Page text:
The Los Angeles Times describes the paleontological treasure chest that is the La Brea area and a groundbreaking (har har) archaeological technique necessitated by the need to move forward with a construction project. Wiki photo.
Her solution (Robin Turner, founder of ArchaeoPaleo Resource Management Inc. of Culver City) was a process similar to that used to move large living
trees. Carefully identifying the edges of each deposit, her team dug
trenches around and underneath them, isolating the deposits on dirt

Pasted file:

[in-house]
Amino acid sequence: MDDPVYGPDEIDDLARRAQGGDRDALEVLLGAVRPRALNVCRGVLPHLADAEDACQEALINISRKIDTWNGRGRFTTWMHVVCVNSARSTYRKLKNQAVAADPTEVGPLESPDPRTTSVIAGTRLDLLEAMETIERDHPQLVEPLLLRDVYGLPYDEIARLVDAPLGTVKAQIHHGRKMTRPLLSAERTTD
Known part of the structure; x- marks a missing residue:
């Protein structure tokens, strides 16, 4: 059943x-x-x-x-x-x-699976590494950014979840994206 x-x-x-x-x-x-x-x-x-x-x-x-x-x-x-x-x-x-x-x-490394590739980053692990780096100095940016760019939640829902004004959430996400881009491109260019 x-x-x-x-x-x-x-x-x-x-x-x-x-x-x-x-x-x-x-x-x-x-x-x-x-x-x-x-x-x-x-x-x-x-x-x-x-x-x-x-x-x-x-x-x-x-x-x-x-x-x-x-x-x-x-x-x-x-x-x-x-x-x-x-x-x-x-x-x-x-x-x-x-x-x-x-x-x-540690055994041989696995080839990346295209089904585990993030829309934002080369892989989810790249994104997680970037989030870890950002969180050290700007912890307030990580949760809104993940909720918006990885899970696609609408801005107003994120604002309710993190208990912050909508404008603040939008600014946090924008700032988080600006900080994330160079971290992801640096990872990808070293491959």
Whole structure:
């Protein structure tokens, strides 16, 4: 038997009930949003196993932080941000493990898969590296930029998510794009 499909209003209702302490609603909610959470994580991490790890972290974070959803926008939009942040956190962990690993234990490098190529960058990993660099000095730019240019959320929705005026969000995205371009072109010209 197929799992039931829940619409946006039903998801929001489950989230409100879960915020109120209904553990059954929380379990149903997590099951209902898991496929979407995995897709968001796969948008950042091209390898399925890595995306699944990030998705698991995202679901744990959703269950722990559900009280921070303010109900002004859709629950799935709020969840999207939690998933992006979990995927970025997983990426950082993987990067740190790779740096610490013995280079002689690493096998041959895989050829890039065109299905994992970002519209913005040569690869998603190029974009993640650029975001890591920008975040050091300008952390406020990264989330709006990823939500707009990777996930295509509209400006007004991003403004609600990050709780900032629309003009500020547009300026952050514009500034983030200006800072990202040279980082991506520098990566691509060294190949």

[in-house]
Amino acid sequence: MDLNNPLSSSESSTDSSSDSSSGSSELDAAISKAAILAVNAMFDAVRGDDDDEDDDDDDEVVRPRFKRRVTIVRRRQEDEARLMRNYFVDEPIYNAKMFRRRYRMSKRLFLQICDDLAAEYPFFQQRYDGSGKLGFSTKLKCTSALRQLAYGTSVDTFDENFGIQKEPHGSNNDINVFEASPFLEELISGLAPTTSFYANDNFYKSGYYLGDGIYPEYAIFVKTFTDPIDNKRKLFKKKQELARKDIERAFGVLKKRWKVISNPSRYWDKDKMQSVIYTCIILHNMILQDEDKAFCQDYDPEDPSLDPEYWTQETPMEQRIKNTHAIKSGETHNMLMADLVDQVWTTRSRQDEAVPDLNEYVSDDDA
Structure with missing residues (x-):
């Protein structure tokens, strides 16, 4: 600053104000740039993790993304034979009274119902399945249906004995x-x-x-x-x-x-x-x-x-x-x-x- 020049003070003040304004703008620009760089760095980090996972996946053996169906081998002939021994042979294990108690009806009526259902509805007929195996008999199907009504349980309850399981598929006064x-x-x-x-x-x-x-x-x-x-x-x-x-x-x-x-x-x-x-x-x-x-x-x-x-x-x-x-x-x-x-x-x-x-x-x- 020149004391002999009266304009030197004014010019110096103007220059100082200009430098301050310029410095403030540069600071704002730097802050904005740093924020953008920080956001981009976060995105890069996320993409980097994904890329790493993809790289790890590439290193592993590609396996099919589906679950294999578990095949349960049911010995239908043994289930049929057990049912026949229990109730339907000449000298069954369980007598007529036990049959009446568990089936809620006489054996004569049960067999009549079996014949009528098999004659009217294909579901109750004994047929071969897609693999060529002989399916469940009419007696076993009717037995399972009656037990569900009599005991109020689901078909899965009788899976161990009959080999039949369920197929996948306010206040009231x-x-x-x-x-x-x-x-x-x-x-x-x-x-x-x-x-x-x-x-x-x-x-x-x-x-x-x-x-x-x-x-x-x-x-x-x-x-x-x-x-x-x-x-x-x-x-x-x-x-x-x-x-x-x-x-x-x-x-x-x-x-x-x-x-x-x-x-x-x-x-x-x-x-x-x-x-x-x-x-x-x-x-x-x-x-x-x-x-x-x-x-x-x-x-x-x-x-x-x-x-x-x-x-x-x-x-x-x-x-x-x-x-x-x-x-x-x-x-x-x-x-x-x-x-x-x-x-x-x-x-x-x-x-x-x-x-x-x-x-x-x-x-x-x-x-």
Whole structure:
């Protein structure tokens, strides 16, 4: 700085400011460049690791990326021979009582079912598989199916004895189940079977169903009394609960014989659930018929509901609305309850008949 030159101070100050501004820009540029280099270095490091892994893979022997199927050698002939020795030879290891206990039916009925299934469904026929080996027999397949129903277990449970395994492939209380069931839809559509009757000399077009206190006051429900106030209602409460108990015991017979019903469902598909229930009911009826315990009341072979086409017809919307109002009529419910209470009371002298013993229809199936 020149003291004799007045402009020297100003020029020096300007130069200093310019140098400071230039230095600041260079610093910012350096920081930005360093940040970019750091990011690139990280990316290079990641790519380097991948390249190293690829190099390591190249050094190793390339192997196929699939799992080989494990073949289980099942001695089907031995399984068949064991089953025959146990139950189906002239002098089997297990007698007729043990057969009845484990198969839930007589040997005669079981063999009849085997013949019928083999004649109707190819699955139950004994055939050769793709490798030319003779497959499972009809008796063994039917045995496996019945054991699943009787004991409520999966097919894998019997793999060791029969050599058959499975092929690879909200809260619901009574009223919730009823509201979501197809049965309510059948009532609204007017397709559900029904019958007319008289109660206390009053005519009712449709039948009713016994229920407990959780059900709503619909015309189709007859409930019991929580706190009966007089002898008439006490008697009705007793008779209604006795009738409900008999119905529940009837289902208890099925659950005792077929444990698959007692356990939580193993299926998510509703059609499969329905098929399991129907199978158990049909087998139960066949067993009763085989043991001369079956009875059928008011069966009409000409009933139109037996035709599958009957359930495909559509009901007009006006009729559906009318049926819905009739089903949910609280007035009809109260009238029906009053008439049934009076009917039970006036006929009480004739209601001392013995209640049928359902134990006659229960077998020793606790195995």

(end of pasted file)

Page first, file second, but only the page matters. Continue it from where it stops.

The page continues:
pedestals. After wrapping heavy plastic around the deposits, workers
built wooden crates similar to tree boxes and lifted them out
individually with a heavy crane. The biggest one weighed 123,000 pounds. ...
The team also has begun digging through the largest crate but has so far excavated only an area about 6 feet by 4 feet and about 2 1/2 feet deep. From that small area, they have so far removed a complete saber-tooth cat skeleton, six dire-wolf skulls and bones from two other saber-tooth cats, a giant ground sloth, and a North American lion. The tar has yielded more than 700 individual plant and animal specimens.
And a nearly intact mammoth they named Zed.